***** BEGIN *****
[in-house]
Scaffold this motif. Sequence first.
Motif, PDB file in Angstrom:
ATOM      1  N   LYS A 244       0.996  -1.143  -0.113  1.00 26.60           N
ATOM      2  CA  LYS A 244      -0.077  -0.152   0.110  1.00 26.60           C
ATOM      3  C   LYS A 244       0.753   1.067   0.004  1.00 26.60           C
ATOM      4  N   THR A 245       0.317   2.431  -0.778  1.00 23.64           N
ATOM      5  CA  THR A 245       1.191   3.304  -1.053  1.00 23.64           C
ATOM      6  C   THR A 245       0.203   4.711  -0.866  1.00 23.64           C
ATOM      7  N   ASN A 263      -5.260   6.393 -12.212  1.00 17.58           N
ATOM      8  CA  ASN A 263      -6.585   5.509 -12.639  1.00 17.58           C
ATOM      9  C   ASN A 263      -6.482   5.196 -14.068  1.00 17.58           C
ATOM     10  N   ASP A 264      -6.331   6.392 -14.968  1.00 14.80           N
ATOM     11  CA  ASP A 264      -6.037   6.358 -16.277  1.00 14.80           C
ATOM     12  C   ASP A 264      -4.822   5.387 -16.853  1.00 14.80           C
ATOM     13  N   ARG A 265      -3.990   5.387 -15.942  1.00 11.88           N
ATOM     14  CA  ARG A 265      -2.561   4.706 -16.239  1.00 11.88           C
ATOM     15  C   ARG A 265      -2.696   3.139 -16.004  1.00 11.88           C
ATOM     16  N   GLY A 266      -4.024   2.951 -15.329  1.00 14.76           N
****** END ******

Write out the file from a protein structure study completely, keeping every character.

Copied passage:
[in-house]
Scaffold this motif. Sequence first.
Motif, PDB file in Angstrom:
ATOM      1  N   LYS A 244       0.996  -1.143  -0.113  1.00 26.60           N
ATOM      2  CA  LYS A 244      -0.077  -0.152   0.110  1.00 26.60           C
ATOM      3  C   LYS A 244       0.753   1.067   0.004  1.00 26.60           C
ATOM      4  N   THR A 245       0.317   2.431  -0.778  1.00 23.64           N
ATOM      5  CA  THR A 245       1.191   3.304  -1.053  1.00 23.64           C
ATOM      6  C   THR A 245       0.203   4.711  -0.866  1.00 23.64           C
ATOM      7  N   ASN A 263      -5.260   6.393 -12.212  1.00 17.58           N
ATOM      8  CA  ASN A 263      -6.585   5.509 -12.639  1.00 17.58           C
ATOM      9  C   ASN A 263      -6.482   5.196 -14.068  1.00 17.58           C
ATOM     10  N   ASP A 264      -6.331   6.392 -14.968  1.00 14.80           N
ATOM     11  CA  ASP A 264      -6.037   6.358 -16.277  1.00 14.80           C
ATOM     12  C   ASP A 264      -4.822   5.387 -16.853  1.00 14.80           C
ATOM     13  N   ARG A 265      -3.990   5.387 -15.942  1.00 11.88           N
ATOM     14  CA  ARG A 265      -2.561   4.706 -16.239  1.00 11.88           C
ATOM     15  C   ARG A 265      -2.696   3.139 -16.004  1.00 11.88           C
ATOM     16  N   GLY A 266      -4.024   2.951 -15.329  1.00 14.76           N